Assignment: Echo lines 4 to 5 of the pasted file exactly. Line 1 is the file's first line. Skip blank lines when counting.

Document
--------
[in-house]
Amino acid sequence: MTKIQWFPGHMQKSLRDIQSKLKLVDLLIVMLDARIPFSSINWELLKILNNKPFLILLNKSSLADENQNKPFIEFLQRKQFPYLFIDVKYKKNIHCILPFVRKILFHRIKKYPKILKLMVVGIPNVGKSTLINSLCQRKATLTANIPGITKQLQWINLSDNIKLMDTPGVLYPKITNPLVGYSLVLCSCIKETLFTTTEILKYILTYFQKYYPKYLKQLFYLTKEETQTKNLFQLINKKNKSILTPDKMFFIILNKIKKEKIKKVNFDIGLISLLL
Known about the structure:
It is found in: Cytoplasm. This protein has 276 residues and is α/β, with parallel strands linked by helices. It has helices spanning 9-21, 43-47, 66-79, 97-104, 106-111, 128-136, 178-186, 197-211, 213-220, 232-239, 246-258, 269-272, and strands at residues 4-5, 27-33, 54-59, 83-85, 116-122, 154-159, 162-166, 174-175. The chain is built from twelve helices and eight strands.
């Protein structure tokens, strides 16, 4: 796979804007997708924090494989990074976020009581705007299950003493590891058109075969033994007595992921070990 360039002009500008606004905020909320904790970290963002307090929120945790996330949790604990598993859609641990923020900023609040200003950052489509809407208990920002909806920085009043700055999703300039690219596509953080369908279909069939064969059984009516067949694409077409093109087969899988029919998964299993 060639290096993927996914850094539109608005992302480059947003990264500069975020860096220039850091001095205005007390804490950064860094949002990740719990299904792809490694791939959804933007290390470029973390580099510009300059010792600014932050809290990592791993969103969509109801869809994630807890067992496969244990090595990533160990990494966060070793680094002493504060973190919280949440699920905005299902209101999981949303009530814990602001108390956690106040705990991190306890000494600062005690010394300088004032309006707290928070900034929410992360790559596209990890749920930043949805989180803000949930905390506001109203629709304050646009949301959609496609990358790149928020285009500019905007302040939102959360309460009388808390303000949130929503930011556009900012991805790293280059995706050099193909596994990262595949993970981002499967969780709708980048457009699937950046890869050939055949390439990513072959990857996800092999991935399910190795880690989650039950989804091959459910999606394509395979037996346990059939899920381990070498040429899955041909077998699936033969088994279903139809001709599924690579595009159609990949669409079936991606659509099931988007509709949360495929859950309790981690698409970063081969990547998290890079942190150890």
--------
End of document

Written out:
It is found in: Cytoplasm. This protein has 276 residues and is α/β, with parallel strands linked by helices. It has helices spanning 9-21, 43-47, 66-79, 97-104, 106-111, 128-136, 178-186, 197-211, 213-220, 232-239, 246-258, 269-272, and strands at residues 4-5, 27-33, 54-59, 83-85, 116-122, 154-159, 162-166, 174-175. The chain is built from twelve helices and eight strands.
């Protein structure tokens, strides 16, 4: 796979804007997708924090494989990074976020009581705007299950003493590891058109075969033994007595992921070990 360039002009500008606004905020909320904790970290963002307090929120945790996330949790604990598993859609641990923020900023609040200003950052489509809407208990920002909806920085009043700055999703300039690219596509953080369908279909069939064969059984009516067949694409077409093109087969899988029919998964299993 060639290096993927996914850094539109608005992302480059947003990264500069975020860096220039850091001095205005007390804490950064860094949002990740719990299904792809490694791939959804933007290390470029973390580099510009300059010792600014932050809290990592791993969103969509109801869809994630807890067992496969244990090595990533160990990494966060070793680094002493504060973190919280949440699920905005299902209101999981949303009530814990602001108390956690106040705990991190306890000494600062005690010394300088004032309006707290928070900034929410992360790559596209990890749920930043949805989180803000949930905390506001109203629709304050646009949301959609496609990358790149928020285009500019905007302040939102959360309460009388808390303000949130929503930011556009900012991805790293280059995706050099193909596994990262595949993970981002499967969780709708980048457009699937950046890869050939055949390439990513072959990857996800092999991935399910190795880690989650039950989804091959459910999606394509395979037996346990059939899920381990070498040429899955041909077998699936033969088994279903139809001709599924690579595009159609990949669409079936991606659509099931988007509709949360495929859950309790981690698409970063081969990547998290890079942190150890």